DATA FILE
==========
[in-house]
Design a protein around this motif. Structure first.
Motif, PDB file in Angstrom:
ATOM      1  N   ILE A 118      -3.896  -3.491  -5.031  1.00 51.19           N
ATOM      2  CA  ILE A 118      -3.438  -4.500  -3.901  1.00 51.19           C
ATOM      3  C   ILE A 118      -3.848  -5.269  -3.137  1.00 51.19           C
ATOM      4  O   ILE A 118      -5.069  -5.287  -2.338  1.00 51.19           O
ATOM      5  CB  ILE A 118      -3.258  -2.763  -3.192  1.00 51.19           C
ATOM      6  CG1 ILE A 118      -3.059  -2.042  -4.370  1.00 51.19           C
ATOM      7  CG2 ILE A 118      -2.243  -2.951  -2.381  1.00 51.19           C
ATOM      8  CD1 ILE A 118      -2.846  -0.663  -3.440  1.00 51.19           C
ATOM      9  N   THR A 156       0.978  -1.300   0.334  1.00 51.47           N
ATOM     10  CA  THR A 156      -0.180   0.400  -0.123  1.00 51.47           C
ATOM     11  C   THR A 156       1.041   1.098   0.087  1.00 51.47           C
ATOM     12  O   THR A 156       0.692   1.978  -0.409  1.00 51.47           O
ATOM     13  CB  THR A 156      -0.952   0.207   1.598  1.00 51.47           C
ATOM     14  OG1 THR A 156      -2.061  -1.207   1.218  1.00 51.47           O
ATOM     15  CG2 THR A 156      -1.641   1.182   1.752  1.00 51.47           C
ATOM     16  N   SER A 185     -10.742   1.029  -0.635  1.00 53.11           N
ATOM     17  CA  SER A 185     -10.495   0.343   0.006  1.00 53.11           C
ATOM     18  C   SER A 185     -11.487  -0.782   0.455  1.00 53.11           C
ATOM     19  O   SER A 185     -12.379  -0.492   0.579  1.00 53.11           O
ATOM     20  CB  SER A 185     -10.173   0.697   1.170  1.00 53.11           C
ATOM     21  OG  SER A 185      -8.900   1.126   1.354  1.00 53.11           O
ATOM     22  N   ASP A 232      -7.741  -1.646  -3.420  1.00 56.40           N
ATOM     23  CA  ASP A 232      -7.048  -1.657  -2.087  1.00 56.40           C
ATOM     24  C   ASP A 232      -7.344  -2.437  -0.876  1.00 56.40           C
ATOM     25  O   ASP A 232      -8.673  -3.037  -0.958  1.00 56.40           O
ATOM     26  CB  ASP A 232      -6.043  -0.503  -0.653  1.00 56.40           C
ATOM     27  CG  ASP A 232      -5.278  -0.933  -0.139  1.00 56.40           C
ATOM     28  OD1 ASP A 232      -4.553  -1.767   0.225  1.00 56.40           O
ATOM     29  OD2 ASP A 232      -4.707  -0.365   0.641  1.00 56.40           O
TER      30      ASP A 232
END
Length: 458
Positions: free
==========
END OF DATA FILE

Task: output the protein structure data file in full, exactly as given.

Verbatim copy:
[in-house]
Design a protein around this motif. Structure first.
Motif, PDB file in Angstrom:
ATOM      1  N   ILE A 118      -3.896  -3.491  -5.031  1.00 51.19           N
ATOM      2  CA  ILE A 118      -3.438  -4.500  -3.901  1.00 51.19           C
ATOM      3  C   ILE A 118      -3.848  -5.269  -3.137  1.00 51.19           C
ATOM      4  O   ILE A 118      -5.069  -5.287  -2.338  1.00 51.19           O
ATOM      5  CB  ILE A 118      -3.258  -2.763  -3.192  1.00 51.19           C
ATOM      6  CG1 ILE A 118      -3.059  -2.042  -4.370  1.00 51.19           C
ATOM      7  CG2 ILE A 118      -2.243  -2.951  -2.381  1.00 51.19           C
ATOM      8  CD1 ILE A 118      -2.846  -0.663  -3.440  1.00 51.19           C
ATOM      9  N   THR A 156       0.978  -1.300   0.334  1.00 51.47           N
ATOM     10  CA  THR A 156      -0.180   0.400  -0.123  1.00 51.47           C
ATOM     11  C   THR A 156       1.041   1.098   0.087  1.00 51.47           C
ATOM     12  O   THR A 156       0.692   1.978  -0.409  1.00 51.47           O
ATOM     13  CB  THR A 156      -0.952   0.207   1.598  1.00 51.47           C
ATOM     14  OG1 THR A 156      -2.061  -1.207   1.218  1.00 51.47           O
ATOM     15  CG2 THR A 156      -1.641   1.182   1.752  1.00 51.47           C
ATOM     16  N   SER A 185     -10.742   1.029  -0.635  1.00 53.11           N
ATOM     17  CA  SER A 185     -10.495   0.343   0.006  1.00 53.11           C
ATOM     18  C   SER A 185     -11.487  -0.782   0.455  1.00 53.11           C
ATOM     19  O   SER A 185     -12.379  -0.492   0.579  1.00 53.11           O
ATOM     20  CB  SER A 185     -10.173   0.697   1.170  1.00 53.11           C
ATOM     21  OG  SER A 185      -8.900   1.126   1.354  1.00 53.11           O
ATOM     22  N   ASP A 232      -7.741  -1.646  -3.420  1.00 56.40           N
ATOM     23  CA  ASP A 232      -7.048  -1.657  -2.087  1.00 56.40           C
ATOM     24  C   ASP A 232      -7.344  -2.437  -0.876  1.00 56.40           C
ATOM     25  O   ASP A 232      -8.673  -3.037  -0.958  1.00 56.40           O
ATOM     26  CB  ASP A 232      -6.043  -0.503  -0.653  1.00 56.40           C
ATOM     27  CG  ASP A 232      -5.278  -0.933  -0.139  1.00 56.40           C
ATOM     28  OD1 ASP A 232      -4.553  -1.767   0.225  1.00 56.40           O
ATOM     29  OD2 ASP A 232      -4.707  -0.365   0.641  1.00 56.40           O
TER      30      ASP A 232
END
Length: 458
Positions: free